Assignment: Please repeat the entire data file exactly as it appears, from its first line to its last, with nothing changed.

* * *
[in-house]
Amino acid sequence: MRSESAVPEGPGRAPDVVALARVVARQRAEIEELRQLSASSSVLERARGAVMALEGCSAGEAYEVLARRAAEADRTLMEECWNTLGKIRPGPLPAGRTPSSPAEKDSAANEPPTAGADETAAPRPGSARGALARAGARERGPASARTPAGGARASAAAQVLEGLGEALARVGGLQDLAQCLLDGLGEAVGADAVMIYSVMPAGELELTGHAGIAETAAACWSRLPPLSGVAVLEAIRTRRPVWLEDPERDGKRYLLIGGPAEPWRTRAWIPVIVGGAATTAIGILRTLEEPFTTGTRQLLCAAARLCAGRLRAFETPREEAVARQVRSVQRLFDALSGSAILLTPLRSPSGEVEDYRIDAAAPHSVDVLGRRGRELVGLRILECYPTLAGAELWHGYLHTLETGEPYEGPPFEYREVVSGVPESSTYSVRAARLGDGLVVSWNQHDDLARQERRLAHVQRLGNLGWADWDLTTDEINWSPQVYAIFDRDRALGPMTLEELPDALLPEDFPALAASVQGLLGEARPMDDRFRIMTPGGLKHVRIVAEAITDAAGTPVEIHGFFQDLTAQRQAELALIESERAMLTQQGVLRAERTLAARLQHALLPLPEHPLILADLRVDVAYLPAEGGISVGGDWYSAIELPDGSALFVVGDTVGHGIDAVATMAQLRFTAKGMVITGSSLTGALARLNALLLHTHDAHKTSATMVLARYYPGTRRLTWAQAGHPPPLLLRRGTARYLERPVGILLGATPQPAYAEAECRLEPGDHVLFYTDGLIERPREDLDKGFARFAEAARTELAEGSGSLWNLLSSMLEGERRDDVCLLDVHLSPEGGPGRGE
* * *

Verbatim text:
[in-house]
Amino acid sequence: MRSESAVPEGPGRAPDVVALARVVARQRAEIEELRQLSASSSVLERARGAVMALEGCSAGEAYEVLARRAAEADRTLMEECWNTLGKIRPGPLPAGRTPSSPAEKDSAANEPPTAGADETAAPRPGSARGALARAGARERGPASARTPAGGARASAAAQVLEGLGEALARVGGLQDLAQCLLDGLGEAVGADAVMIYSVMPAGELELTGHAGIAETAAACWSRLPPLSGVAVLEAIRTRRPVWLEDPERDGKRYLLIGGPAEPWRTRAWIPVIVGGAATTAIGILRTLEEPFTTGTRQLLCAAARLCAGRLRAFETPREEAVARQVRSVQRLFDALSGSAILLTPLRSPSGEVEDYRIDAAAPHSVDVLGRRGRELVGLRILECYPTLAGAELWHGYLHTLETGEPYEGPPFEYREVVSGVPESSTYSVRAARLGDGLVVSWNQHDDLARQERRLAHVQRLGNLGWADWDLTTDEINWSPQVYAIFDRDRALGPMTLEELPDALLPEDFPALAASVQGLLGEARPMDDRFRIMTPGGLKHVRIVAEAITDAAGTPVEIHGFFQDLTAQRQAELALIESERAMLTQQGVLRAERTLAARLQHALLPLPEHPLILADLRVDVAYLPAEGGISVGGDWYSAIELPDGSALFVVGDTVGHGIDAVATMAQLRFTAKGMVITGSSLTGALARLNALLLHTHDAHKTSATMVLARYYPGTRRLTWAQAGHPPPLLLRRGTARYLERPVGILLGATPQPAYAEAECRLEPGDHVLFYTDGLIERPREDLDKGFARFAEAARTELAEGSGSLWNLLSSMLEGERRDDVCLLDVHLSPEGGPGRGE